With the new electronic format of The Broken Rifle we want to use the opportunity to also get the WRI network using the forums in our re-developed website. This article will be posted on the WRI forum, we invite people to react to it.
Nonviolence training is usually associated with preparing ourselves for our work against oppression - racism, occupation, war, human rights abuses, etc. But also for stimulating the process of building alternatives, in our organisational structures, in our ways of dealing with power, building alternative economic ventures, etc. Nonviolence training is one of the primary ways the nonviolent movement shares its knowledge -- by learning from each other's work and our own expertise. Trainings can increase the impact your group has on others, help you to function better in action and cope better with the risks and problems posed, and expand your action horizons. Basically, nonviolence training helps to create a safe space to test out and develop new ideas or to analyse and evaluate experiences.
In the present, trainings have many different forms. If you have taken part in one, probably it was as preparation for an action, to help you in your campaign development or maybe to introduce you to nonviolence. In this article I want to focus on a specific focus of nonviolence training that has developed through the courses of the years and which has some conflictive dimensions.
It's not all about strategies and tactics
To look at this problem I will focus on two organisations - the International Center for Nonviolent Conflict (ICNC) in Washinton DC and the Center for Applied Nonviolent Action and Strategies (CANVAS) in Belgrade. The ICNC was founded in 2001 by Peter Ackerman and Jack DuVall, the authors of A Force More Powerful, a far-reaching study of the use of nonviolent action to bring social change. Its main funder seems to be Peter Ackerman himself. ICNC describes itself as "an independent, nonprofit educational foundation that develops and encourages the study and use of civilian-based, nonmilitary strategies to establish and defend human rights, democracy and justice worldwide”. It has three main areas of work to promote nonviolence:
* to educate the general public;
* to influence policies and media coverage and
* to educate activists.
Its training comes up as part of the work of educating activists. They provide on request support for workshops in nonviolent conflict.
For a number of years ICNC has worked in close cooperation with trainers who came from OTPOR, the most dynamic group in the movement that brought down Slobodan Milošević. This group of trainers formed the Center for Applied Nonviolent Action and Strategies (CANVAS). Their vision is a “world free of violence, with every single political conflict solved by nonviolent struggle... CANVAS trainers and consultants support nonviolent democratic movements through transfer of knowledge on strategies and tactics of nonviolent struggle. CANVAS Supporting Active Network in four countries advocates and promotes battles for democracy worldwide”.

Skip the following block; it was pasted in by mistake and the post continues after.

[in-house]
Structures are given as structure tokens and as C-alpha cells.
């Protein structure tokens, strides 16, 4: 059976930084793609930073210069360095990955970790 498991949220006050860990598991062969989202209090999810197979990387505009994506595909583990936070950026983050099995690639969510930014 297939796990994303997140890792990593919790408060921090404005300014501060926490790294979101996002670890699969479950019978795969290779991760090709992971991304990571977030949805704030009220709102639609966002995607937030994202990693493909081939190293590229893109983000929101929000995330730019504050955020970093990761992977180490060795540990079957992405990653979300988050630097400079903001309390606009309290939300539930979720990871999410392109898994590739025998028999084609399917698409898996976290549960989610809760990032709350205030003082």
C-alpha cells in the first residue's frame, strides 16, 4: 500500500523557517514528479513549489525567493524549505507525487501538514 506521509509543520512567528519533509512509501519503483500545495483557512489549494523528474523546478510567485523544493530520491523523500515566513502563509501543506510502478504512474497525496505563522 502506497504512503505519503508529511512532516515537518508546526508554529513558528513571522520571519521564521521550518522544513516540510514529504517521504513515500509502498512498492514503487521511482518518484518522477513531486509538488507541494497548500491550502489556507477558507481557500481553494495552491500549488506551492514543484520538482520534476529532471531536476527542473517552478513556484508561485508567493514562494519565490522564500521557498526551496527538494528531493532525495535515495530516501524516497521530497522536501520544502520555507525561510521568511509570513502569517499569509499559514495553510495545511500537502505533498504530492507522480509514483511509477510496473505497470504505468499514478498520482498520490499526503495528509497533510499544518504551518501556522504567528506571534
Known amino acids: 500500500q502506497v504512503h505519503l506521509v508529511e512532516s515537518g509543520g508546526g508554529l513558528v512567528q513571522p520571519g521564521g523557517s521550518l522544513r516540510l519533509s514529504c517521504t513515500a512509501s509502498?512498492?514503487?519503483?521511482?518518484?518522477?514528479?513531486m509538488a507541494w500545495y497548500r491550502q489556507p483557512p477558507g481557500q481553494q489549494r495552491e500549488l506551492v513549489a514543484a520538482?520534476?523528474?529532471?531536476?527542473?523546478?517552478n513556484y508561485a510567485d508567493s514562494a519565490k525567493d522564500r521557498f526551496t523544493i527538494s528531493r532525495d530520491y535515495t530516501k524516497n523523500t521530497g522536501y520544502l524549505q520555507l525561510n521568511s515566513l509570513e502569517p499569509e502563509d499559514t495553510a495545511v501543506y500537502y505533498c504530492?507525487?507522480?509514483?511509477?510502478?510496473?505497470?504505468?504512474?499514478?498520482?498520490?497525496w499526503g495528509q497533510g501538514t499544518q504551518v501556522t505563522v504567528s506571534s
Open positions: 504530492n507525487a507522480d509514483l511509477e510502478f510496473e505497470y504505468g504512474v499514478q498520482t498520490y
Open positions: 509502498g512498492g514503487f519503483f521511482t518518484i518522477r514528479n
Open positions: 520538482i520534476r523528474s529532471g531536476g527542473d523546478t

The main aim of these organisations is to bring democracy through nonviolent means all over the world. Democracy in terms of right to elections, freedom of speech, human rights and in some cases also freedom of market. Both organisations say that their agenda is not political, only pro-democracy and for human rights. But at the same time the main movements they use as an example for their model are the so-called 'colour revolutions' in Serbia, Georgia and Ukraine. In these people power struggles, there were clear plans on how to get rid of undoubtedly corrupt regimes, but when it was time to build the new society, the new power-holders have not turned out to be model democrats. Indeed in Ukraine, one faction of Pora - the youth group active in the 'Orange Revolution' - has not only been been pushing for Ukraine to join NATO but to again have nuclear weapons bases (as in Soviet days, but this time pointing in the other direction!).
The strategic model for nonviolent conflict includes understanding your enemy, building large groups of activists, a major focus on your communication strategies, demanding elections, running an election campaign and monitoring the election itself as to avoid fraud. It's also all about the branding of nonviolence, making it attractive and saleable to gain support. It does not, however, include much about nonviolent values or how we envision a nonviolent society. This strategy can be very effective in terms of bringing down regimes, but nonviolence should also be about what you want to build next. As these organisations say that their work is not political, they are happy to support initiatives that oppose these regimes, but they seem less concerned about what is to follow.
The focus of the materials produced by CANVAS are all about effective tactics. If you go to the CANVAS site you might be struck by some of the terms they use: battlefield, to explain where nonviolent movements have confronted dictatorial regimes; weaponry, which consists of what they call 'conventional arsenal' -- Group/movement building, communication and action -- and an 'unconventional arsenal' including 'How to act in virtual space' (using the internet) and how to act with limited human and material resources (use of guerrilla approach in propaganda when sending your message) .
I question this perspective of 'winning a nonviolent war'. Yes, we do want to make our campaigns successful, but not at any cost. Our final goal is to work to build the society we want to live in, where there is justice and equality. We can learn a lot from the huge experience on developing strategies for nonviolent conflict, but we also need to see its limitations and remember the fundamental insistence of nonviolence on the consistency between the means used and the ends desired. Is what happened after the 'colour revolutions' what we understand by a nonviolent revolution? I don't think so.